At Sudbury Valley, there are no classrooms or class divides by age group. The kids are all free to mingle and learn together.
Peter said, “another characteristic which I think is a real key to how education works at these settings for self-directed education, is that there are kids over a wide range of ages.”
Learning wouldn’t happen in the same way if the kids were segregated by age. The younger kids can learn, often inadvertently, from the older kids and the older kids to take on the role of mentor that helps facilitate learning.
Being around older children and adults who are kind, caring and interactive, allows kids to learn so much more than just information. They learn to engage with each other on a human level and develop empathy, compassion, patience, and resilience.
Galileo has used this idea and created the local dojos. They are global micro-schools offering hybrid (both in-person and online) learning opportunities. They will allow kids to get together, play together, and learn together in a self-directed way.
Self-directed education should take place in a moral environment
“And then the final characteristic, which I think in some sense follows from the other things, is that it needs to be a fundamentally moral environment.”
With access to technology and resources, our kids can learn what they want to know when they need to know it.
But learning to be a good person can’t be taught. By exposing our kids to a wide range of people and situations, they will begin to understand that they are part of a wider community.
Empathy and interpersonal skills are vital tools for success but also important aspects of being a good person.
Peter says it is vital that “children are growing up in a world, in an environment where its made clear that it’s important to care not just for yourself, but for the other people here.”
Can self-directed education have a negative impact?
And this is the big question.
Even listening as Peter speaks, reading about alternative education is all good and well, but the niggling doubt is often there.
Peter experienced the same doubts and now has research to credit the fact that self-directed education is the way of the future.
Along with Gina Riley, Peter surveyed 75 adults who had grown up unschooling, and he said, “frankly, a lot of people said there no problems, and they had no regrets.”
As you can see from their findings, most of the participants had no problems getting into college, finding a job, or supporting themselves.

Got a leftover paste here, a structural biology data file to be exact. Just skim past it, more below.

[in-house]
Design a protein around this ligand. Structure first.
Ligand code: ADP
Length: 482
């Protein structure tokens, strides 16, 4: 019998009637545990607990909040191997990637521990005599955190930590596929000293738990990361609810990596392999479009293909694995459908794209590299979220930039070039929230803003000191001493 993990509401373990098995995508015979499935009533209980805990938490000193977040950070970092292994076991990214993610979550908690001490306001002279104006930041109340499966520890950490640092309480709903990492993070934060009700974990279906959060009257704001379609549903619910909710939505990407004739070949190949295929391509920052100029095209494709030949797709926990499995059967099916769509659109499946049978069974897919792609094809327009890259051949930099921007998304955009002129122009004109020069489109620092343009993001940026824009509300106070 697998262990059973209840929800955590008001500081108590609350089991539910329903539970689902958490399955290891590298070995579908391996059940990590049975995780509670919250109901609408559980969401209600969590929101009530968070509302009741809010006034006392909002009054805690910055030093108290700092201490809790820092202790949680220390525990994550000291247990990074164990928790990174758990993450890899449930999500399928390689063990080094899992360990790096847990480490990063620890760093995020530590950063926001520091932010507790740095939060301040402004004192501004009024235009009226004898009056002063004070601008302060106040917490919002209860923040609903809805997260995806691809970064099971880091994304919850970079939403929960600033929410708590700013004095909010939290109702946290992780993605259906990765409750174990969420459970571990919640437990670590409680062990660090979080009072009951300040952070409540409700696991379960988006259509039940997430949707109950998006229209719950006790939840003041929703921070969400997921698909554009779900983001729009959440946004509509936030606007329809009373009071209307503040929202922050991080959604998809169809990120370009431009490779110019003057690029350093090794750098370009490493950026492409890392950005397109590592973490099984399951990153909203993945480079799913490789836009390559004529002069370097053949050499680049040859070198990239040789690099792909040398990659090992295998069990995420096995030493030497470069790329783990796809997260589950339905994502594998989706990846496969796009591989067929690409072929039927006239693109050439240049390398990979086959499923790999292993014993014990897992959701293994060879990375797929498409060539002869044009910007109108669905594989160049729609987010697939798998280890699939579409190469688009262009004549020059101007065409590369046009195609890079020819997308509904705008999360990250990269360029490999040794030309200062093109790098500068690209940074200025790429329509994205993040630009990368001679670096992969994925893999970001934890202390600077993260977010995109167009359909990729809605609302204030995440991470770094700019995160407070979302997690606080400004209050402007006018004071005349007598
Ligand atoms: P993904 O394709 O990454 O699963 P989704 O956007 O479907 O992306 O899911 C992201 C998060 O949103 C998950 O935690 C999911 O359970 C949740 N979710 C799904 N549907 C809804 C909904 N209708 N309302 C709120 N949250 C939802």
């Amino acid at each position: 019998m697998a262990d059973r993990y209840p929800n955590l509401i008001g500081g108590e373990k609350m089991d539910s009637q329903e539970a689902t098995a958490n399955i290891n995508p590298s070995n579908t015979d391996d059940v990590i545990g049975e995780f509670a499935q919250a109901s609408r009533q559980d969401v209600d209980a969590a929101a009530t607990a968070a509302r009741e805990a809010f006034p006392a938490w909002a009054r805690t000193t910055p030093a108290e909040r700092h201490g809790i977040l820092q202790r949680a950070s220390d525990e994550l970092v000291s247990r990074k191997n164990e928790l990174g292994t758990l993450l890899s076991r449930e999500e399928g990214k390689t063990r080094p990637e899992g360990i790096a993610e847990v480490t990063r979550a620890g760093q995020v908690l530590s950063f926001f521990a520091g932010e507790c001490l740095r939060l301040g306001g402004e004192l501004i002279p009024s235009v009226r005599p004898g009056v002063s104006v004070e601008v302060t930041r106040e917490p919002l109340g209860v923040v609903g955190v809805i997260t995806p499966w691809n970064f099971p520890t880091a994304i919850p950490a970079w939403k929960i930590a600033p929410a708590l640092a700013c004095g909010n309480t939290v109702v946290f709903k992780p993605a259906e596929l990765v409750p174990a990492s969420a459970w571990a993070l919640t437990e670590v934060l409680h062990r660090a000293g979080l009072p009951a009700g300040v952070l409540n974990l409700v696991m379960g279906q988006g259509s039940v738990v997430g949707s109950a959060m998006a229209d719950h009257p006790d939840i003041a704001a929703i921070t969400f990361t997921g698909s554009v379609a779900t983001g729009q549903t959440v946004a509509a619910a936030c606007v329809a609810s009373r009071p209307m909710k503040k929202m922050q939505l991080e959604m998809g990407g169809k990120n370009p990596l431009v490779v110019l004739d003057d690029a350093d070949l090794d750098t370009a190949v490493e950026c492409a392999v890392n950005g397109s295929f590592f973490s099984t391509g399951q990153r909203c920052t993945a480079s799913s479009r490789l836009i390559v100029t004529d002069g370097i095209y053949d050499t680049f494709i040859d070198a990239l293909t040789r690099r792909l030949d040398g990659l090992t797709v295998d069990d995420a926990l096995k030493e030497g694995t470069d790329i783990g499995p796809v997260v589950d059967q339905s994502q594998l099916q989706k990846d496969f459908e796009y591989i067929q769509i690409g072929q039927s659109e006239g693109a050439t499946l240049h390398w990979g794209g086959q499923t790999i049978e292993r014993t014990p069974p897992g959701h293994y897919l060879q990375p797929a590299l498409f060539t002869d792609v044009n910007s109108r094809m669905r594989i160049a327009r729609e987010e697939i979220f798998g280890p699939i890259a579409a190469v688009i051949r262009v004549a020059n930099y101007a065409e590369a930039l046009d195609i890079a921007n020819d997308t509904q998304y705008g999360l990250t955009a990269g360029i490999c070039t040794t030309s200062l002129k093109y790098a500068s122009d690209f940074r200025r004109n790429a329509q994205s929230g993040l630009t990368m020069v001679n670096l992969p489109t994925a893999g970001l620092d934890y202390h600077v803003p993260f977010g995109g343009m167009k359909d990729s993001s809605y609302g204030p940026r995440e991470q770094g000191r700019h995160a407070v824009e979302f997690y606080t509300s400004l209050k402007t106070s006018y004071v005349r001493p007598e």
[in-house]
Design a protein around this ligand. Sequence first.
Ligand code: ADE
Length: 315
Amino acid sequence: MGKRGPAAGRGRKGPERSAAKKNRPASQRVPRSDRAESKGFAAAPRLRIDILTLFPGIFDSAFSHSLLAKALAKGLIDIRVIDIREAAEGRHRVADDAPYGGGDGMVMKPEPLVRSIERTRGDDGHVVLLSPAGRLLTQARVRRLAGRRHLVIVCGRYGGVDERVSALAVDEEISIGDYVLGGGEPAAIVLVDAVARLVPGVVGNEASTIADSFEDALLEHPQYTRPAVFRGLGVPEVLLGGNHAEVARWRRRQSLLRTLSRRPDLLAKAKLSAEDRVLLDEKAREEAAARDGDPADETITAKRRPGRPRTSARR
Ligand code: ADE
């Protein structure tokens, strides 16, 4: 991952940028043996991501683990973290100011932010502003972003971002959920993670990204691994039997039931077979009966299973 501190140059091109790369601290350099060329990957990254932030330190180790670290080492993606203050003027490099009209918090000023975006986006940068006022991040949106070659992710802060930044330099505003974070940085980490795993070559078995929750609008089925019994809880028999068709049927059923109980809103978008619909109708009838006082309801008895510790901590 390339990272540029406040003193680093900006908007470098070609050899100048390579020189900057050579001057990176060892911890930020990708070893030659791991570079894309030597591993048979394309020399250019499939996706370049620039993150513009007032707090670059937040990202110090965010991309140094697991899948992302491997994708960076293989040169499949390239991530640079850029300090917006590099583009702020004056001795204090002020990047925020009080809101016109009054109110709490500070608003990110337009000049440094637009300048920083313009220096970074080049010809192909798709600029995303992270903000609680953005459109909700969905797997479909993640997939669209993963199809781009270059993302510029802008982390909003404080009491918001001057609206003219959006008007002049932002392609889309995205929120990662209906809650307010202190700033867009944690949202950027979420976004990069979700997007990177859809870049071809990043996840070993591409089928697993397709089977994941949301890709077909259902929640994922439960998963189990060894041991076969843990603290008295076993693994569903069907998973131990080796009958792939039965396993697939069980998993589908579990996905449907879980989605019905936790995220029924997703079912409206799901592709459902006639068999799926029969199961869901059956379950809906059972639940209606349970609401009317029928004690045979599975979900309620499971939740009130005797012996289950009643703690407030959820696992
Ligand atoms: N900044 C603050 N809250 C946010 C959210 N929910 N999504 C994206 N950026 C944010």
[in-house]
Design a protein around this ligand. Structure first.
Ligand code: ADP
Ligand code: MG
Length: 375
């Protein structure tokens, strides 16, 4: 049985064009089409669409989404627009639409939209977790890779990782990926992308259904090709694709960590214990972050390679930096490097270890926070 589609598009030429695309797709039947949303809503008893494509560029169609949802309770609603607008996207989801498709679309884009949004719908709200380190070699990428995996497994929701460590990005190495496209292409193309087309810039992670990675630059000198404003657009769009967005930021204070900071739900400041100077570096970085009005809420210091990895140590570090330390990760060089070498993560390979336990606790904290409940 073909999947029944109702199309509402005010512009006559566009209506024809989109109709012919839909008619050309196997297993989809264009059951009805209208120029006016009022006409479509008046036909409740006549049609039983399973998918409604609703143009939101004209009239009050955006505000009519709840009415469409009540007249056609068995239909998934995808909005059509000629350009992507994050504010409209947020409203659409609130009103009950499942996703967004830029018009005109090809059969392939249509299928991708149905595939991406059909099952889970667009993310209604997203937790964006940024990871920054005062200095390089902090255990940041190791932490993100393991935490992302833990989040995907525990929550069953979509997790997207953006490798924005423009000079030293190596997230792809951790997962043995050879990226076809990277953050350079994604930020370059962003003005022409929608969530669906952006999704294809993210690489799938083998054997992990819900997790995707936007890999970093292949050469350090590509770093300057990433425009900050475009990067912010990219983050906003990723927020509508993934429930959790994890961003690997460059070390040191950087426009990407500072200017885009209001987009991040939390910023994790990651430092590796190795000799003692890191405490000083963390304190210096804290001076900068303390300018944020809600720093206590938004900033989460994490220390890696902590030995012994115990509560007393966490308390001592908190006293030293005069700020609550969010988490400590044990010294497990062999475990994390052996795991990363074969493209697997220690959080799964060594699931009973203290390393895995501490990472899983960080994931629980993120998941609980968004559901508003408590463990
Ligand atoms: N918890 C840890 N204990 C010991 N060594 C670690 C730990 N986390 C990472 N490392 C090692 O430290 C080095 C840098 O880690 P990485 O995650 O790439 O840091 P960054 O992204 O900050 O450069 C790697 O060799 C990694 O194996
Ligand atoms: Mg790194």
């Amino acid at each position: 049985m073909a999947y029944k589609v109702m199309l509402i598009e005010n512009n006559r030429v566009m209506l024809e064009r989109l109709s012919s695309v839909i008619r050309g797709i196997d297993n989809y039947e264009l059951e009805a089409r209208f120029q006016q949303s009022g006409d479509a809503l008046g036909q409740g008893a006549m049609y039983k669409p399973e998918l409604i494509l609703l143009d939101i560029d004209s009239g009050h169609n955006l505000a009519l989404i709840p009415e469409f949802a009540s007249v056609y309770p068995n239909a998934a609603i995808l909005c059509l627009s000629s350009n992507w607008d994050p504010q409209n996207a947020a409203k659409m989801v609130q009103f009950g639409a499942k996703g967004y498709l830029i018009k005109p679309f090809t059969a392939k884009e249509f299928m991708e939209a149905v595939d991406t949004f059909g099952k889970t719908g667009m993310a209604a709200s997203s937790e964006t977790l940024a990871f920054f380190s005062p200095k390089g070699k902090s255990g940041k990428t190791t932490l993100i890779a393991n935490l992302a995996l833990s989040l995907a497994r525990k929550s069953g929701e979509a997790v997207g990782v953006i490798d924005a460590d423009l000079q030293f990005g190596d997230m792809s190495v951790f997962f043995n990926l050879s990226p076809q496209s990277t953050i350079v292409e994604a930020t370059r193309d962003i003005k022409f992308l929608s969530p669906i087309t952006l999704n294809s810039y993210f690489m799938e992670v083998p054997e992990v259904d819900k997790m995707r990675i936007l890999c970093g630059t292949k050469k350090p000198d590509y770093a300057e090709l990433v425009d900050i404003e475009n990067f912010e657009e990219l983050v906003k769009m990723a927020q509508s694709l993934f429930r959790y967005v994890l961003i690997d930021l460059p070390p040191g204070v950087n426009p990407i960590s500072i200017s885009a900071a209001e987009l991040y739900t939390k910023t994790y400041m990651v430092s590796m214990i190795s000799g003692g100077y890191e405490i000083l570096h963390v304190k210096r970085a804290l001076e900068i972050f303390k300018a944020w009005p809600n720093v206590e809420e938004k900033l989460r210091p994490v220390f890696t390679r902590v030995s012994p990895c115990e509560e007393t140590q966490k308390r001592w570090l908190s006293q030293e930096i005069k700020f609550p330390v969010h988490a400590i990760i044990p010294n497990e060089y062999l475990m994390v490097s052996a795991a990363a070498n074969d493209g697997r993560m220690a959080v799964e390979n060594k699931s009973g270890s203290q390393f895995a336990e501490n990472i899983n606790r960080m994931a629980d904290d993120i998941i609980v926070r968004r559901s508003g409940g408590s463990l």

Many of them also had a job directly related to their interests and passions.
Three participants were unhappy with their unschooled upbringing. Peter mentioned, “they were unschoolers not by choice, but because their parents wouldn’t send them to school and their parents wouldn’t school them.”
However, what was extremely interesting was that one of the participants had gone on to have a very academic career at a prestigious college.
As Peter said, “even growing up in that environment, even with her believing she had not learned anything in her first 17 years of life, she somehow recovered from that. Doesn’t that tell you something about human ability, human resilience, and the propensity for self-directed education if you want to do it?”
Self-directed education could be the right choice for your family
Through his research, Peter has discovered that children learn naturally.
“What our conventional schools do is try to churn everybody out the same.”
But we aren’t the same!
Allowing our kids to delve into their interests, play, explore, and dream is such a gift.
The traditional school model of prescriptive curriculums and rigid conformity should be a thing of the past.
Like Peter says, “what they learn when they’re in charge of their education is way more important than any specific kind of information or body of knowledge or subject. What they learn is how to control their own life. What they learn is how to be responsible for themselves and make their own decisions. They learn how to learn.”
And isn’t that powerful?
We can offer our kids freedom, not just in what they learn and how they learn it. But freedom in how they choose to live.
Through self-directed education, we can allow our kids to grow into exactly who they are meant to be.
As Peter Gray, in all his wisdom, says, “We don’t have to worry about what our children are learning. What we do have to worry about is, are our children happy? Are our children growing up with a sense of control over their own lives? Are they learning to be responsible for their lives? Are they living moral lives? Do they have examples of morality in their lives? These are the things we should worry about. Let’s not worry about what specific things they are learning.”
Do you know anyone struggling with the idea of self-directed education? A family with big dreams, but unsure of how to start?
At inspirEd we aim to inspire families to take the leap! With the right resources, community, and a bit of trust, anyone can reap the benefits of a self-directed approach to learning.
Join the education revolution and share your self-directed journey today.